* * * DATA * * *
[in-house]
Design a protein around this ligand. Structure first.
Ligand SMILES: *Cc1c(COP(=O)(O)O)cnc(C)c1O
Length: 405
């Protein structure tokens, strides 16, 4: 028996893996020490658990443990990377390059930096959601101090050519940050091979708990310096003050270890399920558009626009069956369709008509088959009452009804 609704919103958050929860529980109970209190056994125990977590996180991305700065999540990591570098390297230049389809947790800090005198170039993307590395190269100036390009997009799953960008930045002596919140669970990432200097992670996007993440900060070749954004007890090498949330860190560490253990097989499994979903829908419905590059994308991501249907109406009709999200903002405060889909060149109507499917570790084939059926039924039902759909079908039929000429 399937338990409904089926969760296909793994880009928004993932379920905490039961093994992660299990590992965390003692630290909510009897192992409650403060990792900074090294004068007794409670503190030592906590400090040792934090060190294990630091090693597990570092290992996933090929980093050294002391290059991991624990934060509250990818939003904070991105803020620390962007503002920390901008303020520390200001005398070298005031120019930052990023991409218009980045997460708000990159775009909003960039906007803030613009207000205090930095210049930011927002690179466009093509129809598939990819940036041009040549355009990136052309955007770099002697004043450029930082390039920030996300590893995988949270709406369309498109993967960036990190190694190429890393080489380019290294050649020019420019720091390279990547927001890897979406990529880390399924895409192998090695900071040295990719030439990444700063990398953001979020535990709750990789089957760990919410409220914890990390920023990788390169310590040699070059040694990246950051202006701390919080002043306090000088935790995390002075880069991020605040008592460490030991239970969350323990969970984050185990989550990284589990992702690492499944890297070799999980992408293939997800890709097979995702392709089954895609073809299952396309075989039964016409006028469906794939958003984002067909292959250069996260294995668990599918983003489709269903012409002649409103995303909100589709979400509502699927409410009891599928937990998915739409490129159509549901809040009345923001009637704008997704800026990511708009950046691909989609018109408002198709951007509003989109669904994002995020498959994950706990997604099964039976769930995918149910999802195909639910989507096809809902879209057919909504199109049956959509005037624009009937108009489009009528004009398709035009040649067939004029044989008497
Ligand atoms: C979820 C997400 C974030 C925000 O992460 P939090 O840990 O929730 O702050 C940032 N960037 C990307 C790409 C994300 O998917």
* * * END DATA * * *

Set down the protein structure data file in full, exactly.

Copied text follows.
[in-house]
Design a protein around this ligand. Structure first.
Ligand SMILES: *Cc1c(COP(=O)(O)O)cnc(C)c1O
Length: 405
């Protein structure tokens, strides 16, 4: 028996893996020490658990443990990377390059930096959601101090050519940050091979708990310096003050270890399920558009626009069956369709008509088959009452009804 609704919103958050929860529980109970209190056994125990977590996180991305700065999540990591570098390297230049389809947790800090005198170039993307590395190269100036390009997009799953960008930045002596919140669970990432200097992670996007993440900060070749954004007890090498949330860190560490253990097989499994979903829908419905590059994308991501249907109406009709999200903002405060889909060149109507499917570790084939059926039924039902759909079908039929000429 399937338990409904089926969760296909793994880009928004993932379920905490039961093994992660299990590992965390003692630290909510009897192992409650403060990792900074090294004068007794409670503190030592906590400090040792934090060190294990630091090693597990570092290992996933090929980093050294002391290059991991624990934060509250990818939003904070991105803020620390962007503002920390901008303020520390200001005398070298005031120019930052990023991409218009980045997460708000990159775009909003960039906007803030613009207000205090930095210049930011927002690179466009093509129809598939990819940036041009040549355009990136052309955007770099002697004043450029930082390039920030996300590893995988949270709406369309498109993967960036990190190694190429890393080489380019290294050649020019420019720091390279990547927001890897979406990529880390399924895409192998090695900071040295990719030439990444700063990398953001979020535990709750990789089957760990919410409220914890990390920023990788390169310590040699070059040694990246950051202006701390919080002043306090000088935790995390002075880069991020605040008592460490030991239970969350323990969970984050185990989550990284589990992702690492499944890297070799999980992408293939997800890709097979995702392709089954895609073809299952396309075989039964016409006028469906794939958003984002067909292959250069996260294995668990599918983003489709269903012409002649409103995303909100589709979400509502699927409410009891599928937990998915739409490129159509549901809040009345923001009637704008997704800026990511708009950046691909989609018109408002198709951007509003989109669904994002995020498959994950706990997604099964039976769930995918149910999802195909639910989507096809809902879209057919909504199109049956959509005037624009009937108009489009009528004009398709035009040649067939004029044989008497
Ligand atoms: C979820 C997400 C974030 C925000 O992460 P939090 O840990 O929730 O702050 C940032 N960037 C990307 C790409 C994300 O998917």